Similarly, a study by Gwen Dean (1980) at UT Austin, showed that children engaged in free play in a carefully designed play environment spent more than 90% of their time in active play compared to the same children whose primary activity during physical education class was standing in line waiting for a turn at the proscribed activity! Given the problems with childhood obesity and diabetes, children should be physically active to help avoid these critical health issues. Good play environments provide a variety of activities to stimulate physical activity that helps develop agility, strength, coordination, balance, speed, eye-hand coordination — not to mention fun!
Construction play involves using developing skills, creativity, and cognitive processing to create temporary structures from disparate elements. This type of play has children learning cooperation, problem-solving, and creativity when building with loose parts like “stack and build” materials. Large blocks, planks, and tube sections give children opportunities to create the spaces in which they play. Planning and building a fort or playhouse from stackable elements shows that children understand the concepts of symmetry and balance among a host of other intuitive understandings necessary to make a “building” that supports its purposes for being built.
Games with Rules
Games with rules fall into two categories: situational games and codified games. All play has understood rules. A rule such as “you can’t be the mommy cause you’re not big enough” is a situational rule. We see situational rules on the playground when children are engaged in dramatic play, for example. It is the verbalization of this understood rule that comprises a situational game with rules. Codified rules are for games like baseball. One hits the ball and runs to first base; the runner on first is forced to run to second base. We see codified rules on the playground when children are playing a game like four square.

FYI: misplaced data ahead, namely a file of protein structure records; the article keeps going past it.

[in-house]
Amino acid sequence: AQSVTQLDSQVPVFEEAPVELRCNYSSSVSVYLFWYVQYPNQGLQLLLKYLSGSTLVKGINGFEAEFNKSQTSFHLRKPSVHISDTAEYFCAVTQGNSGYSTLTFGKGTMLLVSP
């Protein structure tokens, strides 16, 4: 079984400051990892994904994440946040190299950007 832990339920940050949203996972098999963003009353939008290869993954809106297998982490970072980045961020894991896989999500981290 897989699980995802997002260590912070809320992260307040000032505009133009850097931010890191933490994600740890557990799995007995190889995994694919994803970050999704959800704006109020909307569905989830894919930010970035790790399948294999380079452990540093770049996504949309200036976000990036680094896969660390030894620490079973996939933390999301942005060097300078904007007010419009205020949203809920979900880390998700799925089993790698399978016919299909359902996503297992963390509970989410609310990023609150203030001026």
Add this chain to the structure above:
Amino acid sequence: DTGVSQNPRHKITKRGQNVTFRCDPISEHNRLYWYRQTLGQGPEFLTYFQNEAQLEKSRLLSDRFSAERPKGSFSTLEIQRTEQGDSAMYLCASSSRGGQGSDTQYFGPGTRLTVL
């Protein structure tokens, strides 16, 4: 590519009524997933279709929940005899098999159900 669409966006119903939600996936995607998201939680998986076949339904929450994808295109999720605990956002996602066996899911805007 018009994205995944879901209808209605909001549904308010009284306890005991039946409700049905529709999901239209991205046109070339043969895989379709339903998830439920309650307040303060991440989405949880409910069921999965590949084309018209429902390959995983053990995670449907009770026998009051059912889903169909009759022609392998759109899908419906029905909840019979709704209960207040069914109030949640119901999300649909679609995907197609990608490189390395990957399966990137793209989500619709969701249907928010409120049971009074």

Social Types of Play
As an infant grows older, they will engage in solitary play. Solitary play occurs when children play alone and are unaware of those around them. Characteristic of children through 3 years of age, this type of play involves little interactive give and take (often referred to as reciprocity) in play and particularly in language-facilitated play. Children across all developmental groups engage in solitary play and some researchers have suggested that solitary play may be a cognitively-higher form of play than others since a child must take more than one perspective in order to play out a sequence of actions.
Parallel play, playing beside but not with others, is characteristic of pre-toddlers and toddlers. These children are aware of the other children around them and might mimic their actions by playing with a similar toy. However, they won’t actively engage in play with the other children. Multiple play activities, dual steering wheels, small niches, and lots of loose parts all work well for parallel play.
Grounds For Play
The playground has come to be viewed as an outdoor classroom as so much of what we want children to learn in school has its underpinnings in play. No matter the developmental stage of your children, Grounds For Play has outdoor play equipment for each child — from the “Solitary Play” child to Game Tables for the children ready for “Games with Rules.”